In the last few months UK immigration has been at the forefront of political conversation.
The government has announced changes to the financial thresholds for spouse visas and an increase in the salary threshold for Skilled Workers. In addition to this, changes to the Immigration Health Surcharge, and the civil penalties for employers hiring illegal workers and landlords renting to illegal migrants, have been confirmed and will be implemented in the upcoming weeks (February 2024).
The Immigration Health Surcharge is a fee that visa applicants must pay to enable them free use of the NHS. This fee is currently set at £624 per adult, per year of the visa duration, and £470 per child, per year of the visa duration. The UK government announced an increase to the Immigration Health Surcharge (IHS) fee in October 2023. Following recent debate in the House of Commons on 15 January 2024, the increase was approved, meaning that it will be implemented exactly 21 days after this decision, as early as 6 February 2024. The increase in fee is set at 66% which means that adults will now face fees as high as £1,035 per year of their visa duration, and children will need to pay £776 per year of their visa duration.
Before the IHS increase comes into force, there is still time to submit your visa application, if possible. You must, however, consider that sponsored work visa applications can only be submitted 3 months before the intended start date, and an early extension application under this visa category could affect the number of years the visa holder has for eligibility to apply for indefinite leave to remain, as they will need to have held the visa for a period of 5 continuous years.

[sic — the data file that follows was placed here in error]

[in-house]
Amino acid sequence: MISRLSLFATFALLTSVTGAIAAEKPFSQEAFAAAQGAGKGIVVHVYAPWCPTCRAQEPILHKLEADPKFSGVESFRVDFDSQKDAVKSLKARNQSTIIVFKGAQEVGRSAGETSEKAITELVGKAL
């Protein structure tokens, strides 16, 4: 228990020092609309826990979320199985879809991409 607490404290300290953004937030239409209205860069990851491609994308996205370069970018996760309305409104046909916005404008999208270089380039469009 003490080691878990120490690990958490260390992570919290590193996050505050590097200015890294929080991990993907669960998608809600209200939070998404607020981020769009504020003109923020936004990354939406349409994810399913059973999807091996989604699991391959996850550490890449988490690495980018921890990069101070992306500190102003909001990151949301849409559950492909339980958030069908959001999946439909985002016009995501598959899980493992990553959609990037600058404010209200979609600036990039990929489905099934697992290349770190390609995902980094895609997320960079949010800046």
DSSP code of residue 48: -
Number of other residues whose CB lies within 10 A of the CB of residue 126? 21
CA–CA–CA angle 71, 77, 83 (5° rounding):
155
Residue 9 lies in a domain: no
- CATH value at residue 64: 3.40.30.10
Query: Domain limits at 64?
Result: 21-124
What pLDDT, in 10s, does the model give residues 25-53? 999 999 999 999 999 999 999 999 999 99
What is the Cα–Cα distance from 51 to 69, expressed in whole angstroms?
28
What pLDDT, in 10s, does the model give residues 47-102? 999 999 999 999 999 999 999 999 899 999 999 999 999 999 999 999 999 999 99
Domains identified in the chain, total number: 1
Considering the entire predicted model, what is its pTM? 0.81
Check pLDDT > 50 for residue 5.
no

Civil Penalties to Employers and Landlords
In September last year the government announced their intentions to increase the civil penalties, which have now been confirmed to be implemented to right–to- work and right–to-rent checks taken on or after 13 February 2024. For more information on how to complete a right-to-work check, we refer you to our blog on Right to Work guidance.
The maximum civil penalty for employing an illegal worker will increase to £45,000 per illegal worker for the first breach, and up to £15,000 for each illegal worker thereafter. There will be a maximum of £60,000 penalty per illegal worker for repeat breaches (previously £20,000).
Landlords currently face up to £80 per lodger and up to £1,000 per occupier for their first breach and up to £500 and £3,000 respectively for repeat breaches. The increase in penalties will now mean that landlords can see fines of up to £5,000 per lodger and £10,000 per occupier for their first breach, and up to £10,000 per lodger and £20,000 per occupier for a repeat breach.
For more information on how to complete the right to rent check, please follow this link: https://www.gov.uk/prove-right-to-rent.
How Gherson can assist
Gherson’s Immigration Team are highly experienced in advising on UK visa matters. If you have any questions arising from this blog, please do not hesitate to contact us for advice, send us an e-mail, or, alternatively, follow us on X, Facebook, Instagram, or LinkedIn to stay-up-to-date.
The information in this blog is for general information purposes only and does not purport to be comprehensive or to provide legal advice. Whilst every effort is made to ensure the information and law is current as of the date of publication it should be stressed that, due to the passage of time, this does not necessarily reflect the present legal position. Gherson accepts no responsibility for loss which may arise from accessing or reliance on information contained in this blog. For formal advice on the current law please do not hesitate to contact Gherson. Legal advice is only provided pursuant to a written agreement, identified as such, and signed by the client and by or on behalf of Gherson.